70-Year-Old Woman Sues Tulsa Police Over Civil Rights Violations


Ladonna Paris, 70, a great-grandmother and Black woman in Tulsa, Oklahoma, filed a civil rights lawsuit against the police, the city, and Mayor G.T. Bynum.

Alleging that she was attacked and arrested while she was having a mental health crisis, Paris said she was terrified at the time of the October incident. “I was mocked, taunted, and brutalized,” Paris said during a Tuesday news conference and that the video gave her a surreal feeling.

“It was like watching somebody else, and I would say to myself when they were doing these things, ‘Oh poor Ladonna,’” Paris said. 

The incident took place at Phillips Theological Seminary, where Paris was attending graduate school when witnesses called 911 to report concerns over her mental state. Upon an ambulance arriving, Paris drove to a nearby store where she locked herself in a bathroom and refused to leave after police arrived, according to the lawsuit.

“Amid a bipolar manic episode, which included paranoia and delusions, Ms. Paris was afraid the officers would kill her, so she locked herself in the bathroom and would not come out,” the lawsuit states.

According to attorney Damario Solomon-Simmons, Officer Ronni Carrocci, who is white, is seen on police video banging on the door to the bathroom where Paris was inside.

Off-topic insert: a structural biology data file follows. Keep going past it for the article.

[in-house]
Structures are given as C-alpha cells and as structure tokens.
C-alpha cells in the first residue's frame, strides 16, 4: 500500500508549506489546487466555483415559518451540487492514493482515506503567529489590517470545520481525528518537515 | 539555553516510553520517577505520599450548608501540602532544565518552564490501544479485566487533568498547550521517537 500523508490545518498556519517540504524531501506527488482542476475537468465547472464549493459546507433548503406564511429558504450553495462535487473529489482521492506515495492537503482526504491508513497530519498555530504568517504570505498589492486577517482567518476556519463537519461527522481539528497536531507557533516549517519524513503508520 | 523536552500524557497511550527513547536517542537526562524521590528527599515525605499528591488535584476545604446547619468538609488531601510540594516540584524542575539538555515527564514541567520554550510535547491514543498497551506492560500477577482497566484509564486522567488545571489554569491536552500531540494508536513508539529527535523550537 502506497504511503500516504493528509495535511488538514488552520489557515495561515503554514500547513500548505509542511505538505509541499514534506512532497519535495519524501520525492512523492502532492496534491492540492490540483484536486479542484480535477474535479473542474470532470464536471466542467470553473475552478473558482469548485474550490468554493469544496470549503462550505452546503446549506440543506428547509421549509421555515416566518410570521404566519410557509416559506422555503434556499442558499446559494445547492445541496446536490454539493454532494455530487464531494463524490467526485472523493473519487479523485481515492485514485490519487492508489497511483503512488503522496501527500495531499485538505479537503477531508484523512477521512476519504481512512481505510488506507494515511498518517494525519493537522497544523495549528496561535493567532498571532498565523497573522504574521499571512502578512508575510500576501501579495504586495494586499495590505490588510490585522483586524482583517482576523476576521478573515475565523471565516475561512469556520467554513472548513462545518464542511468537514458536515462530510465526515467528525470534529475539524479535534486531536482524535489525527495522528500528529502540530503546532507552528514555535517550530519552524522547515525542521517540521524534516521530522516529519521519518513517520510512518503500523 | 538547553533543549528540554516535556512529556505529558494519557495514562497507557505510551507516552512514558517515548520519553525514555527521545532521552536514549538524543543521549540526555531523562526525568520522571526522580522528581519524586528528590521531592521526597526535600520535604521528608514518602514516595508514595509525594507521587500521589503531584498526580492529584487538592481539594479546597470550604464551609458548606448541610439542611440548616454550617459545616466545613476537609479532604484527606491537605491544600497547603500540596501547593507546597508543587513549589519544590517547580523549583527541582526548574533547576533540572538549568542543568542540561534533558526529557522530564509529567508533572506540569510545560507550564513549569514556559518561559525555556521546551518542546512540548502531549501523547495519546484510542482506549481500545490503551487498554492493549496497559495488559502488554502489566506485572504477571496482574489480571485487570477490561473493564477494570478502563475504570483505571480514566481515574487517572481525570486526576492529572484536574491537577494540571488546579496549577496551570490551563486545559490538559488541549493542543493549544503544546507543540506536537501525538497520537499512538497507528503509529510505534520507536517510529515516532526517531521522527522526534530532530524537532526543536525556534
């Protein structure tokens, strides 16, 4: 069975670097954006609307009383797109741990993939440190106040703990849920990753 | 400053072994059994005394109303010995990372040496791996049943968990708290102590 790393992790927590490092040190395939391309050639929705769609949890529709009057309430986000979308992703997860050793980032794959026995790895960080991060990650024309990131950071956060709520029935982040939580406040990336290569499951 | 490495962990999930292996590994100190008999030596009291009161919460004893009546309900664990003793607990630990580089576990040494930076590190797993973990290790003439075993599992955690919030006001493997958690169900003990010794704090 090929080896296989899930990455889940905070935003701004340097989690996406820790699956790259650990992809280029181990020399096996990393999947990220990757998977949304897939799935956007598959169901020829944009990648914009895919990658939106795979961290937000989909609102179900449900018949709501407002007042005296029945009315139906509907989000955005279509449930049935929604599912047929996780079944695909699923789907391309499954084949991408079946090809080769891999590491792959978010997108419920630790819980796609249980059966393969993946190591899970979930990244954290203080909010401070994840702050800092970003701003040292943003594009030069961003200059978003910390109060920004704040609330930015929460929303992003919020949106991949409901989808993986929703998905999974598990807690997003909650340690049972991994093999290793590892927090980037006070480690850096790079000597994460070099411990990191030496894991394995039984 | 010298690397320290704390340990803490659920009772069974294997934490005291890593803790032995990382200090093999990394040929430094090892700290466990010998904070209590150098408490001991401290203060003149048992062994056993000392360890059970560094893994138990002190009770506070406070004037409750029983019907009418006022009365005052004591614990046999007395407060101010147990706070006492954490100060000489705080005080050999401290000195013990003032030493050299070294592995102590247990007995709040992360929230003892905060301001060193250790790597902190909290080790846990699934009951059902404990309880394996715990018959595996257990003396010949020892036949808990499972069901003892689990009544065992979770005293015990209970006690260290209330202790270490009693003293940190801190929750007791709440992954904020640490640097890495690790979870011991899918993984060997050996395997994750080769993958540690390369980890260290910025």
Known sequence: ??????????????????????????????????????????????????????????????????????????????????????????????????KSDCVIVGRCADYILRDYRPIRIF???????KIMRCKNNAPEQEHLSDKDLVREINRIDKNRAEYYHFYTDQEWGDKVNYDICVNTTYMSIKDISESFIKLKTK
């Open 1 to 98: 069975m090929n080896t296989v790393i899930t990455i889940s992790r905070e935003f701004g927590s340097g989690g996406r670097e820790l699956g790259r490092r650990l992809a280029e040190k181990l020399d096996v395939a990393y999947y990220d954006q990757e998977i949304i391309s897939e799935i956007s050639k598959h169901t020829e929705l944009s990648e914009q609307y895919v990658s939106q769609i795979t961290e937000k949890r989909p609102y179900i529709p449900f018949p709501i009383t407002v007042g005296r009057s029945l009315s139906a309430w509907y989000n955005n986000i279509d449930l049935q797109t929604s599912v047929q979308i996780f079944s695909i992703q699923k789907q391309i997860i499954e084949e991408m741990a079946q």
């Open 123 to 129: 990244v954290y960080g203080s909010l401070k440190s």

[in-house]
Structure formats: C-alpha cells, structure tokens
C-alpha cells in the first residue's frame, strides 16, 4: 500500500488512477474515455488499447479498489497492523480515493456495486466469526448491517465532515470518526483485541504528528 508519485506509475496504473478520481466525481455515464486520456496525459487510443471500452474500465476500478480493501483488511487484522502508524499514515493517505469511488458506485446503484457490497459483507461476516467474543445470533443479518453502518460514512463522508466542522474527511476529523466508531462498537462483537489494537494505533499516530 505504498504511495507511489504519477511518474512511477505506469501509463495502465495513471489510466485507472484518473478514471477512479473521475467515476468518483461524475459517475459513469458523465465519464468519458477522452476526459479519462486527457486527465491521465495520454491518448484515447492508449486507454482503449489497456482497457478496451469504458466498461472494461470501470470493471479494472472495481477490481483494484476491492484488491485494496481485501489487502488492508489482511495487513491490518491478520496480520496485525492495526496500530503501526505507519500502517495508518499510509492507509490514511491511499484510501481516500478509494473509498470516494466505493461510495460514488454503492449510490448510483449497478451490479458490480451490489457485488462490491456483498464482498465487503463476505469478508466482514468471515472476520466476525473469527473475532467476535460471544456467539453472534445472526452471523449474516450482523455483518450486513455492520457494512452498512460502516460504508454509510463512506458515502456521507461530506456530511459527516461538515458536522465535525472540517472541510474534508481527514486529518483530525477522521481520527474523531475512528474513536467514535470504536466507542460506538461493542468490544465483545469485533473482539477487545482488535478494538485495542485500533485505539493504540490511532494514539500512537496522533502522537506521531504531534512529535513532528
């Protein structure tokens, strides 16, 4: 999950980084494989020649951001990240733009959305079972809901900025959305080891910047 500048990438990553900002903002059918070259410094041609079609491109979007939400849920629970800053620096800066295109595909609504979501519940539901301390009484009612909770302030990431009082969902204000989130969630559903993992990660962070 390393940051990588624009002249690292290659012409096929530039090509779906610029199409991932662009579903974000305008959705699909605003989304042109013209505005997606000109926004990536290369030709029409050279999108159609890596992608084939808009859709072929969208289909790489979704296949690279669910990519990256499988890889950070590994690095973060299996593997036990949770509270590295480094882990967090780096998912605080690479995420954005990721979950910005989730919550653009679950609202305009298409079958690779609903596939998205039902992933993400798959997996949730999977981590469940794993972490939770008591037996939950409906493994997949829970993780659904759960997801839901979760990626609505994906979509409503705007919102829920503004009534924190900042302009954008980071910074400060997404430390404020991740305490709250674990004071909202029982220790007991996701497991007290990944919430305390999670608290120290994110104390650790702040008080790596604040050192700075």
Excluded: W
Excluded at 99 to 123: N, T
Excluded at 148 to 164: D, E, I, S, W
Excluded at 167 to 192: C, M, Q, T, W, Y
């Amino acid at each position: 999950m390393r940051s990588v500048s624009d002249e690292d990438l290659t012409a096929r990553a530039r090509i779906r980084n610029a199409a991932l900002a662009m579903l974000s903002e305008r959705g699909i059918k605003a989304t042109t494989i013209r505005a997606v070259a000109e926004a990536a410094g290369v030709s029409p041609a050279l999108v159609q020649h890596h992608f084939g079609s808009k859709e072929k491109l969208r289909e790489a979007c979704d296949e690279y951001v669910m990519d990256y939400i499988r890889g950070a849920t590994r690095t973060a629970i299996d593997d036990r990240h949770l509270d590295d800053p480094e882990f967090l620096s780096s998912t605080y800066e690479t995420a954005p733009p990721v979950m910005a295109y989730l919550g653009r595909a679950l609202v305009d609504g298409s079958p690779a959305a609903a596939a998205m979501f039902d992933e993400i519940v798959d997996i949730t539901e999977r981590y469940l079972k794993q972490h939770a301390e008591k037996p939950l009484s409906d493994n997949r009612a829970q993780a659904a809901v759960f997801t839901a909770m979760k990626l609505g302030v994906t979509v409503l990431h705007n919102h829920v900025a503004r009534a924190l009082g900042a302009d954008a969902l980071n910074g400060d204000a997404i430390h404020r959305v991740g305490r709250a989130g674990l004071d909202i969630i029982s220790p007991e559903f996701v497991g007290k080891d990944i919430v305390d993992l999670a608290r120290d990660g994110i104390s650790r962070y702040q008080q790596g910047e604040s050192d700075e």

“You want to get tased … I love my job,” Carroci said as she turned toward the camera.

“She’s so 85,” Carrioca later, and still on video, said using the police code for a person needing mental health treatment, according to Solomon-Simmons.

“She (Carrioca) did all of this on video, knowing she was on video,” Solomon-Simmons said. “She was so giddy about it; it was disgusting.”

Being made aware of the lawsuit, the city declined to comment on pending litigation. The lawsuit was filed in Tulsa County District Court and alleges 14 civil rights violations, including excessive use of force, ignoring Paris’ medical needs, ignoring training, and assault.

Paris seeks justice and accountability by the city and police for the officers’ actions, and more than $75,000 in actual damages and unspecified compensation for punitive damages and legal fees, according to Solomon-Simmons.

“We want a judge to say this is not constitutional policing; this is unacceptable,” Solomon-Simmons said.

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